Dendritic cells in autoimmunity and cancer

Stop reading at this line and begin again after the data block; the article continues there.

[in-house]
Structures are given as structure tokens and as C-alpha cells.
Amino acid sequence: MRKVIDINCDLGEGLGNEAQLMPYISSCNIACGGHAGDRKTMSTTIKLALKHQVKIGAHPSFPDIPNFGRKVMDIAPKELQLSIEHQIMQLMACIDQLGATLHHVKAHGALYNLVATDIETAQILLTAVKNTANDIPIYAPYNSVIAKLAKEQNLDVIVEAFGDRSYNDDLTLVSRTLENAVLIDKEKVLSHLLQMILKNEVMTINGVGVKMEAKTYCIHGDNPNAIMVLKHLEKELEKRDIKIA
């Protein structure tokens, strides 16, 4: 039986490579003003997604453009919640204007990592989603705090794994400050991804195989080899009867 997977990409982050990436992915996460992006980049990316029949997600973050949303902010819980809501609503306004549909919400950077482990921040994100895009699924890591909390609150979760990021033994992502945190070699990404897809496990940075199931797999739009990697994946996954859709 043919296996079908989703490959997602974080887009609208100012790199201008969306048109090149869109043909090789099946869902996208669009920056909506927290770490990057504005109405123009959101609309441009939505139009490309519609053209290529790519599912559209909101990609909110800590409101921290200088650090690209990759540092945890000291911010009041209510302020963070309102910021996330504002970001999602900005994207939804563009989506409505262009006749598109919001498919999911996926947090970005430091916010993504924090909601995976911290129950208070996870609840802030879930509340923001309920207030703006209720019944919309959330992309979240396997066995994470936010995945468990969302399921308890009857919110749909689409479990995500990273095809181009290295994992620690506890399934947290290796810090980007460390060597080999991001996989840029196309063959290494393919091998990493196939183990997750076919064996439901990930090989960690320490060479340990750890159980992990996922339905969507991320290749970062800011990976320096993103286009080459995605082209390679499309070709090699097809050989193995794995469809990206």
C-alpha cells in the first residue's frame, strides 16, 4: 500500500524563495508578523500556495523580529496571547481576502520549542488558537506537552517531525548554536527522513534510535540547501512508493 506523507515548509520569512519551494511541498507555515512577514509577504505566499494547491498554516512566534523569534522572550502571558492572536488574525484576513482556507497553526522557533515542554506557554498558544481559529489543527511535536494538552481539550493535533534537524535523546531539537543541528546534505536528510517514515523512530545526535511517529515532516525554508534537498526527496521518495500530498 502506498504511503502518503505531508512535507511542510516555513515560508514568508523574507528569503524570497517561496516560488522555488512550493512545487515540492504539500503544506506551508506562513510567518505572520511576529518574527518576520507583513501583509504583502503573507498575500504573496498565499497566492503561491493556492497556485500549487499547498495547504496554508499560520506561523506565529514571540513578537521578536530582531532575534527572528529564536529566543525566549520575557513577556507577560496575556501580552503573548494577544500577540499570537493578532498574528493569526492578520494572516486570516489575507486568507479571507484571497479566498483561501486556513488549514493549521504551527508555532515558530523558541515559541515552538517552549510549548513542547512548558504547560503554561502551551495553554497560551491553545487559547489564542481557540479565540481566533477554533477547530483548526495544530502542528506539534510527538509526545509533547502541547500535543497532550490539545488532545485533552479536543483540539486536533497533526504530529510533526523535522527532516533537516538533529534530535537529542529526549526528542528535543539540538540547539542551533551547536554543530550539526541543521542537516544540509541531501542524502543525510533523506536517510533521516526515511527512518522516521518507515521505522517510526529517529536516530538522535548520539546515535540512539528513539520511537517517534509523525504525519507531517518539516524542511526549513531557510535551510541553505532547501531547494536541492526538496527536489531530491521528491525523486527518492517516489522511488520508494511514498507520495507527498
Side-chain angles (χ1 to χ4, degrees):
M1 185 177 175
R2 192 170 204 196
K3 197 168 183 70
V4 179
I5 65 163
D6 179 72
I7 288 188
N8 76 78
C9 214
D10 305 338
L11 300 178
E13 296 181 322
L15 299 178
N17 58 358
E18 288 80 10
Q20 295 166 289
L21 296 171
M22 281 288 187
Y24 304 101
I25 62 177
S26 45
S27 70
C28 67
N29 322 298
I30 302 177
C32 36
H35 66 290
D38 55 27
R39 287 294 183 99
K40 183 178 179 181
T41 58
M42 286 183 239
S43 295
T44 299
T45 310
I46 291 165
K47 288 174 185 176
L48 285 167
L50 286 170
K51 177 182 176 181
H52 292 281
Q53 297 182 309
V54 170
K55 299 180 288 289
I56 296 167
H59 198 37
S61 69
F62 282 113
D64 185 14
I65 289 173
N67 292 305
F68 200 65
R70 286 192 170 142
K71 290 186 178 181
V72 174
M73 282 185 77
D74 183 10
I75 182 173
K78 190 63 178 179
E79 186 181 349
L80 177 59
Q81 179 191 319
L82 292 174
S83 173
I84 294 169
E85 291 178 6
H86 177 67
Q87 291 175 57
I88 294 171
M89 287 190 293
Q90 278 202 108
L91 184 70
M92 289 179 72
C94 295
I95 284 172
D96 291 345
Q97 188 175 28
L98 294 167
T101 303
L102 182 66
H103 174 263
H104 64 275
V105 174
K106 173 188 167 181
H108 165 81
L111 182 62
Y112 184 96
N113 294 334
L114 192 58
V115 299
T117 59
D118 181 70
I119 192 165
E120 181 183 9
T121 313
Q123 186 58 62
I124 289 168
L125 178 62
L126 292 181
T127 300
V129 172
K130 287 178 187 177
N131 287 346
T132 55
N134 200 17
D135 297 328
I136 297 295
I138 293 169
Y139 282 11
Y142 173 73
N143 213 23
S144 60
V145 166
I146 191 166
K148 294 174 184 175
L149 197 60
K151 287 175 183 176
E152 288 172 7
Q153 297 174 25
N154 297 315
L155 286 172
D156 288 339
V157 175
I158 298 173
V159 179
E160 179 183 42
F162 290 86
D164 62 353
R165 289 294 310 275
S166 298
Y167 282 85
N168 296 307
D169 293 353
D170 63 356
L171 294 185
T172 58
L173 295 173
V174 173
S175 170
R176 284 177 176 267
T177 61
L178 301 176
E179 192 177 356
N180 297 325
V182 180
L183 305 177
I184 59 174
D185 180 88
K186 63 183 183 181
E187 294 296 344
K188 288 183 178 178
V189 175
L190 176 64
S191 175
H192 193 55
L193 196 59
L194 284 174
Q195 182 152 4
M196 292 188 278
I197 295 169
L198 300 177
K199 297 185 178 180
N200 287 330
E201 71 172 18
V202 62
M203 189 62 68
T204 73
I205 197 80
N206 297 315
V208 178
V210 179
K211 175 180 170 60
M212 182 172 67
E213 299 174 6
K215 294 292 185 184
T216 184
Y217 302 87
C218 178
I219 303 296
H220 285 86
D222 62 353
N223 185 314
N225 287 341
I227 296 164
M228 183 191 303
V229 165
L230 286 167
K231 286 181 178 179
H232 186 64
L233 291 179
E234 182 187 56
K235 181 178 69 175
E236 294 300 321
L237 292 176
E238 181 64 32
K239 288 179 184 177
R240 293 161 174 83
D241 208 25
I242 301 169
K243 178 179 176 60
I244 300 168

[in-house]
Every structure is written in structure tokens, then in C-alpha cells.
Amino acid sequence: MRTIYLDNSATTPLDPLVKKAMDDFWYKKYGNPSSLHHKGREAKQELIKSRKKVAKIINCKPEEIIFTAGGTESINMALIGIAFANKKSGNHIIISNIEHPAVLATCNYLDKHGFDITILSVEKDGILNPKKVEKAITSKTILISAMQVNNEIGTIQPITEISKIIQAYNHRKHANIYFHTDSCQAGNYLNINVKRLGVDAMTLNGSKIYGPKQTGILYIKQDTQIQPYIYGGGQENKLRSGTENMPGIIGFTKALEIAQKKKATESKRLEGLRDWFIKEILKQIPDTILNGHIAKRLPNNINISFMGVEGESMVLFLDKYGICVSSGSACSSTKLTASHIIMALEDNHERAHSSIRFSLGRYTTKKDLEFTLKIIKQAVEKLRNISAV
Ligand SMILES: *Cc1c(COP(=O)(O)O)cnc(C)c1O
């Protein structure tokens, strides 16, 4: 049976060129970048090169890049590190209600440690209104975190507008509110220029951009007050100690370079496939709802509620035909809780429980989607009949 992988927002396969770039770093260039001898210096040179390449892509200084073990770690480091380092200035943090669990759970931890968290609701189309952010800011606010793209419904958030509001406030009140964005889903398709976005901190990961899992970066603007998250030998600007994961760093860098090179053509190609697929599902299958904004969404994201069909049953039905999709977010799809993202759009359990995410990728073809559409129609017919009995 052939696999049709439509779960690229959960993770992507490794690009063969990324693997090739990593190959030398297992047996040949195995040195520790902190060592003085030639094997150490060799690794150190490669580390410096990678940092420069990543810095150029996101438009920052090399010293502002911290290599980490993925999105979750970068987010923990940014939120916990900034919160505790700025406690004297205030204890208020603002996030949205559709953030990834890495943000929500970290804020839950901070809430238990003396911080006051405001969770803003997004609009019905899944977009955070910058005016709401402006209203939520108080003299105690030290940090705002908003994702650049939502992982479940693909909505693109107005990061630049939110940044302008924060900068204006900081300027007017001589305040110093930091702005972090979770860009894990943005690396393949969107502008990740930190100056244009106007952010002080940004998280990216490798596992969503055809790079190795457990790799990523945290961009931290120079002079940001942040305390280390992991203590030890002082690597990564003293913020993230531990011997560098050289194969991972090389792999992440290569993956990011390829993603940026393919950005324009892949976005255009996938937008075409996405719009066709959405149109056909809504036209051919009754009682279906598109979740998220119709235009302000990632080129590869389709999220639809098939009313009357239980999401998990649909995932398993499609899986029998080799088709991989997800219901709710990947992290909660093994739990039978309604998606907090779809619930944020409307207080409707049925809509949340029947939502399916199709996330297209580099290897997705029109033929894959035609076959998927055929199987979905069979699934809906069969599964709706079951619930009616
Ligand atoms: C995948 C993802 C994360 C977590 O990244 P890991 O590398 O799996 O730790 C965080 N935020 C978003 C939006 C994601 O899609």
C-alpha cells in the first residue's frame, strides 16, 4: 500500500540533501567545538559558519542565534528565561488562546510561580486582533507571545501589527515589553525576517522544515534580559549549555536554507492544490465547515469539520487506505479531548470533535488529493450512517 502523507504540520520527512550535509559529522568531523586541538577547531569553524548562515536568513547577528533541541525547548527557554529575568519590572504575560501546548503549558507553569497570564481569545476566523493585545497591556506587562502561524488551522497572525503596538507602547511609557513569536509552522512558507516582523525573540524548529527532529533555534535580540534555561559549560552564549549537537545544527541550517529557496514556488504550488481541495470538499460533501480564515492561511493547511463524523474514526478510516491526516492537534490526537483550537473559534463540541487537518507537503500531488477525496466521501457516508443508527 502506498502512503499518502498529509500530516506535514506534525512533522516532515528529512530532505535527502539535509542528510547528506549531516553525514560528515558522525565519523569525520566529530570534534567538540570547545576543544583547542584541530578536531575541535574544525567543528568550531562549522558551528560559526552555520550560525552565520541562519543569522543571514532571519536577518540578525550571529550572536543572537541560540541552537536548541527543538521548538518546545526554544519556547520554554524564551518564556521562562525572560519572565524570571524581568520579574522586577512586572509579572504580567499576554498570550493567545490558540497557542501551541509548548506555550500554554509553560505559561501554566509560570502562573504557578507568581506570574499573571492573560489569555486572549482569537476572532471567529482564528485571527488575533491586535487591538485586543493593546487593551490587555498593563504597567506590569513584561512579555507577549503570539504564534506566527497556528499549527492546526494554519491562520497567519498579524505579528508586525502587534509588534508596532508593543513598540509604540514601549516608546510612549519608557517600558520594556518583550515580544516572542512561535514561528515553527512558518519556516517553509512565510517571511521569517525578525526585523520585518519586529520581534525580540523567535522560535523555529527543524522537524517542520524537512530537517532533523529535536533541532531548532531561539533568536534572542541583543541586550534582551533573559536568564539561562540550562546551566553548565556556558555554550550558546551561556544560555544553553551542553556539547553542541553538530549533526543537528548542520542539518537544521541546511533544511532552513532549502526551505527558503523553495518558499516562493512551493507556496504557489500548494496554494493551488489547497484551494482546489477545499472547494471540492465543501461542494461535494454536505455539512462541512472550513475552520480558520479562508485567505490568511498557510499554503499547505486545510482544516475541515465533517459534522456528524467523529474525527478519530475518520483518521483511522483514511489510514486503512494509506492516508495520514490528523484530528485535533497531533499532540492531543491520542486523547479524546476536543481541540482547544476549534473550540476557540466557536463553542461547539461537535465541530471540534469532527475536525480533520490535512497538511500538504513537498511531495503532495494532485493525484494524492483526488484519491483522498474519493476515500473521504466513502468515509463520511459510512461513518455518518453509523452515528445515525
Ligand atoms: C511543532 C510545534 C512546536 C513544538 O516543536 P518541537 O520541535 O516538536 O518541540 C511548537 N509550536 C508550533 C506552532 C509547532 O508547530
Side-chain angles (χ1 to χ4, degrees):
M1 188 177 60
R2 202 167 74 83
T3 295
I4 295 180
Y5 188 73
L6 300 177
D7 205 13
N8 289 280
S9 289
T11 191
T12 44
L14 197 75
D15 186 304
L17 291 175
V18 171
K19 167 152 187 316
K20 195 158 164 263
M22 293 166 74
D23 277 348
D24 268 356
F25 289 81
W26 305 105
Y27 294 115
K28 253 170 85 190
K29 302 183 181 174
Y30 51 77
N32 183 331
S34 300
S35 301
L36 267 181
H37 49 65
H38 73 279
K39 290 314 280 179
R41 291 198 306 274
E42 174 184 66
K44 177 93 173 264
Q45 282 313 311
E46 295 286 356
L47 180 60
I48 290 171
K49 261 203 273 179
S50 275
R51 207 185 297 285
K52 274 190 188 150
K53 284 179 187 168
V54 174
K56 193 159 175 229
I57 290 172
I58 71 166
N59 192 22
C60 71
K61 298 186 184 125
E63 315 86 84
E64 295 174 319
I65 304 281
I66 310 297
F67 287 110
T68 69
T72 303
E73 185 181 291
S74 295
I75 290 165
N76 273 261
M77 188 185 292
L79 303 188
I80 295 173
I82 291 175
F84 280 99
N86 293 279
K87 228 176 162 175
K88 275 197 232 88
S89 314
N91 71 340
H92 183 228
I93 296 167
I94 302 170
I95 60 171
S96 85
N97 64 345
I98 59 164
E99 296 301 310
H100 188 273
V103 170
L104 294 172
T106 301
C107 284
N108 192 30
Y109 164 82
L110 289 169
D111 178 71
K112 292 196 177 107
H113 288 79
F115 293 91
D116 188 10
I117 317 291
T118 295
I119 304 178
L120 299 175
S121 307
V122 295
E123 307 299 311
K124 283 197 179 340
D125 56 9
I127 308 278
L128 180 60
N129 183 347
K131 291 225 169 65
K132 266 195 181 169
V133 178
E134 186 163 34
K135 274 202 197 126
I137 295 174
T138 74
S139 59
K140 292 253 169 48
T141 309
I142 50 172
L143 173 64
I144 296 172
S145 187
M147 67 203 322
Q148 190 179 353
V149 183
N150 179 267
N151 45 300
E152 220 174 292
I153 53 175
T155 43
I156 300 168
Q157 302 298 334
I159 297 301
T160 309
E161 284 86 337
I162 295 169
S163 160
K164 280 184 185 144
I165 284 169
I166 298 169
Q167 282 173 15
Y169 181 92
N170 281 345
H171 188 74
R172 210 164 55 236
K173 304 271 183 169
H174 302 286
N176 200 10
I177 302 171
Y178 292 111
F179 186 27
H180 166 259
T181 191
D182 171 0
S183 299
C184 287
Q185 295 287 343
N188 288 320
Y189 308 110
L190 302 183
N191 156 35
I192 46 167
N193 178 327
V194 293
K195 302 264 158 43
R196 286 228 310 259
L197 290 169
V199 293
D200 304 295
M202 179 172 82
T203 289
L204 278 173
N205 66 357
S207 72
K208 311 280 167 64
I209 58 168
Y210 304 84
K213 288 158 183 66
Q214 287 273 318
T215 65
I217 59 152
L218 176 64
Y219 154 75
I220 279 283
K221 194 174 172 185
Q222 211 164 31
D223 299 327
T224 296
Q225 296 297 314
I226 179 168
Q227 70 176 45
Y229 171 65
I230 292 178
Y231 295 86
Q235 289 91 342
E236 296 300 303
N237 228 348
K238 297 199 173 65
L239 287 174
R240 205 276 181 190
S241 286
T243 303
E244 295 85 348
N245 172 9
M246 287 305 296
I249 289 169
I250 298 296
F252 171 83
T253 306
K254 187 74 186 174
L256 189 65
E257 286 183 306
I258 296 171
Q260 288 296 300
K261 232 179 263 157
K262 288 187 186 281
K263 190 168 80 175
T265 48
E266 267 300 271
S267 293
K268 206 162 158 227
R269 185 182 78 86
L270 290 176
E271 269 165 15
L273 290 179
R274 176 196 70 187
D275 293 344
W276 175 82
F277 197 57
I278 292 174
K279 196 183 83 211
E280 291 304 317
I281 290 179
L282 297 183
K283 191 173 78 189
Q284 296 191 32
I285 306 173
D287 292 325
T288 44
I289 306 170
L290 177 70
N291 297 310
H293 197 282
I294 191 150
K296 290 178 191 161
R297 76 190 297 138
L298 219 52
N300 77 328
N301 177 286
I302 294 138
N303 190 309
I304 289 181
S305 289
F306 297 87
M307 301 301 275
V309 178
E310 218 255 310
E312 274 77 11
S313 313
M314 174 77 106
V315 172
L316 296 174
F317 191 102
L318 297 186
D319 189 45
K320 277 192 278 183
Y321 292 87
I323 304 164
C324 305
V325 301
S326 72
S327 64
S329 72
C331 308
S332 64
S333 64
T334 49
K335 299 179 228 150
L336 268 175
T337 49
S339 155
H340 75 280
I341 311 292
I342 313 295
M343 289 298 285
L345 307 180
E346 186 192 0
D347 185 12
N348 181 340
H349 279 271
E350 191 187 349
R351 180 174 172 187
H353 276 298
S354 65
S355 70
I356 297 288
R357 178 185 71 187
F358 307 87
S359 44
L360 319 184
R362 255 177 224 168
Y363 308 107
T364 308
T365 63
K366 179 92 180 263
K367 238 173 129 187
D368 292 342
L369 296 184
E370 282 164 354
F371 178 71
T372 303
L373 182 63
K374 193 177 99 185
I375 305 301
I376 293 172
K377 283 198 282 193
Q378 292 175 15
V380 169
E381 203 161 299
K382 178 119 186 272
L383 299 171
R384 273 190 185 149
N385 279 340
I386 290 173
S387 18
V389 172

Dendritic cells play a vital role in regulating the immune response. They are the only cells capable of activating T cells that have not previously been exposed to a particular antigen (immune threat) to recognize and mount an attack on these foreign proteins. This process ensures an appropriate immune response against potentially harmful antigens. Dendritic cells are also thought to have the ability to instruct the immune system to ignore certain antigens, establishing a state of immune tolerance in the body. When the balance between immune activation and immune tolerance is disrupted, the result may be the development of autoimmune disorders in which the immune system attacks body tissue or cancer in which tumour cell growth goes unchecked. Dr. Cheryl Helgason is studying the biology of dendritic cells and the mechanisms by which they interact with T cells to activate an immune response or to establish immune tolerance. Such research could suggest ways of manipulating immune function to develop new methods of treating cancers, autoimmunity and other diseases involving immune dysfunction.